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What are the main symptoms of and outlook (prognosis) for cholangiocarcinoma (CCA)?

What are the main symptoms of and outlook (prognosis) for cholangiocarcinoma (CCA)?
The symptoms of CCA can be hard to recognise and are sometimes mistaken for other conditions. For this reason, it is difficult for doctors to diagnose CCA early. This often leads to late diagnosis, when the disease is already at an advanced stage1,2
What are the main symptoms of CCA?
The type of CCA you have may also affect the types of symptoms you experience1–3
Percentage 9 out of 10

Approximately 9 in 10 people (90%) with perihilar or distal CCA have painless jaundice (no abdominal pain), where the skin and/or the whites of the eyes become a yellowish or greenish colour

Percentage 1 out of 10
With intrahepatic CCA, only approximately 1 in 10 (10–15%) people have jaundice

Percentage 3 out of 10

Approximately 3 in 10 people (20–40%) have non-specific symptoms that lead to their CCA being diagnosed in the course of unrelated tests

Non-specific symptoms of CCA may include:1,2,4,5
abdominal pain
Abdominal pain (pain in the area between the chest and pelvis)
night sweats
Feeling unusually hot or sweating during the night (night sweats)
Feeling of extreme tiredness and lack of energy (fatigue)
Feeling of discomfort associated with an urge to vomit (nausea)
Feeling of physical weakness and lack of energy(asthenia)
Difficulty in maintaining weight (anorexia)
General feeling of discomfort or illness (malaise)
weight loss
Unintentional/unexplained weight loss
Increase in body temperature (fever)
What is the outlook (prognosis) for people living with CCA?
The prognosis for CCA depends on multiple factors. How these factors can impact life expectancy will be different for each person. Factors that affect prognosis may include:1,2,4,6,7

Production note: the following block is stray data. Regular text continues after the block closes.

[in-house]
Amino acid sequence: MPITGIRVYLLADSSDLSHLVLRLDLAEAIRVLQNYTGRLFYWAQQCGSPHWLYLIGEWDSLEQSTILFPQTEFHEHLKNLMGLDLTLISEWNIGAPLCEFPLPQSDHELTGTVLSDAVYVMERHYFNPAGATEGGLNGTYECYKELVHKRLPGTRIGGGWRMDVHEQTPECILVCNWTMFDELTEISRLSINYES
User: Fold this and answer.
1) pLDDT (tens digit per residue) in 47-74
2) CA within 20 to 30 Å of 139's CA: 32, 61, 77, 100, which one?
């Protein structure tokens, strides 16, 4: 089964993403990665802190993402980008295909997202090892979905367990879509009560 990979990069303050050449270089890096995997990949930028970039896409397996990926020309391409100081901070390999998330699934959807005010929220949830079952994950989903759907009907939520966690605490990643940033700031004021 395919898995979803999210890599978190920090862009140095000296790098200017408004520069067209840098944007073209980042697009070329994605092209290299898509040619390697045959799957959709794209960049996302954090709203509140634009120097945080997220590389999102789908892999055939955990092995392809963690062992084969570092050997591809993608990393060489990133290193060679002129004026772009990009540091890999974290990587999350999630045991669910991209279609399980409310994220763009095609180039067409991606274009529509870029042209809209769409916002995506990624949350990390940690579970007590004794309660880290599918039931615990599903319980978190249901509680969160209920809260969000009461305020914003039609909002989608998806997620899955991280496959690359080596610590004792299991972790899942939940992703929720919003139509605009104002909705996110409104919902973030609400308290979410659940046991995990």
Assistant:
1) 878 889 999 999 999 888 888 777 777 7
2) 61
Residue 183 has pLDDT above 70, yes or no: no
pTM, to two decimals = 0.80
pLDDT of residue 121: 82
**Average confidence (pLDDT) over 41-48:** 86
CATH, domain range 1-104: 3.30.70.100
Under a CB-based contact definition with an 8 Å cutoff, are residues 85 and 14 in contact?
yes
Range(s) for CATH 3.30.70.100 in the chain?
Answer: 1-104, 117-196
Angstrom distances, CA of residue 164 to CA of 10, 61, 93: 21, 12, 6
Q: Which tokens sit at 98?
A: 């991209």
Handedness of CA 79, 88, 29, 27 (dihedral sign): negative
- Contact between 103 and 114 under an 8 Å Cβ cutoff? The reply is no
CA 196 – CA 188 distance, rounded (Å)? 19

Your doctor will request a scan, such as CT (computerised tomography) or MRI (magnetic resonance imaging). This will help to show the location of the cancer
Your doctor/healthcare team will assess whether surgery is an option to remove the cancer from your body. However, approximately 7 in 10 people with CCA have advanced disease at diagnosis and are not eligible for surgery
Your doctor will assess:
  • Your performance status. This is a standardised way to measure how a condition is impacting a person’s functioning, such as their ability to care for themself, perform daily activities and do physical exercise
  • Your medical history and other conditions you may currently have
  • How well your liver is working using blood tests. These can help diagnose and monitor liver disease or damage (if present)
The CT or MRI imaging scan(s) will help to determine the size of the tumour(s) and if they have spread to nearby or distant body parts. Staging is defined by the TNM (tumour, lymph node, metastases) system, which is a standardised method for defining the extent of spread of cancer. The TNM system is specific for each type of CCA
Your doctor may request a small sample of the cancer (biopsy) to look for specific gene changes. This is because people who have CCA and specific gene changes may be able to receive certain treatments that target these changes
A healthy lifestyle, including eating a balanced diet and being physically active, may also affect your outlook. Your overall health may allow you to cope better with your cancer and treatment
New treatments are being developed to try and improve prognosis for people with CCA. These potential treatments are being assessed in clinical trials
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